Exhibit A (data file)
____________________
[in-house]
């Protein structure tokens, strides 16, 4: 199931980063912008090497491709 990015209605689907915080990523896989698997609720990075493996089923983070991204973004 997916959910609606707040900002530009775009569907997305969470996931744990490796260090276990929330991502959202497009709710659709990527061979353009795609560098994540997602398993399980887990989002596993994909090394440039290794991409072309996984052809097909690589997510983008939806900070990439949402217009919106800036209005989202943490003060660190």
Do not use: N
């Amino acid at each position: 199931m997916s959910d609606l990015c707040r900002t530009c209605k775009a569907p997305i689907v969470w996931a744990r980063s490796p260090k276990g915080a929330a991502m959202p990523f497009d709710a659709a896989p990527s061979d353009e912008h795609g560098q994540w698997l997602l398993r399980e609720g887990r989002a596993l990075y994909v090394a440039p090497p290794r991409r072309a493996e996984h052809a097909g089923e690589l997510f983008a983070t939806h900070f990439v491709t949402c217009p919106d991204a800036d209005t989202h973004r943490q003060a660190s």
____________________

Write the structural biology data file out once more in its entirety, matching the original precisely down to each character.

[in-house]
């Protein structure tokens, strides 16, 4: 199931980063912008090497491709 990015209605689907915080990523896989698997609720990075493996089923983070991204973004 997916959910609606707040900002530009775009569907997305969470996931744990490796260090276990929330991502959202497009709710659709990527061979353009795609560098994540997602398993399980887990989002596993994909090394440039290794991409072309996984052809097909690589997510983008939806900070990439949402217009919106800036209005989202943490003060660190």
Do not use: N
């Amino acid at each position: 199931m997916s959910d609606l990015c707040r900002t530009c209605k775009a569907p997305i689907v969470w996931a744990r980063s490796p260090k276990g915080a929330a991502m959202p990523f497009d709710a659709a896989p990527s061979d353009e912008h795609g560098q994540w698997l997602l398993r399980e609720g887990r989002a596993l990075y994909v090394a440039p090497p290794r991409r072309a493996e996984h052809a097909g089923e690589l997510f983008a983070t939806h900070f990439v491709t949402c217009p919106d991204a800036d209005t989202h973004r943490q003060a660190s």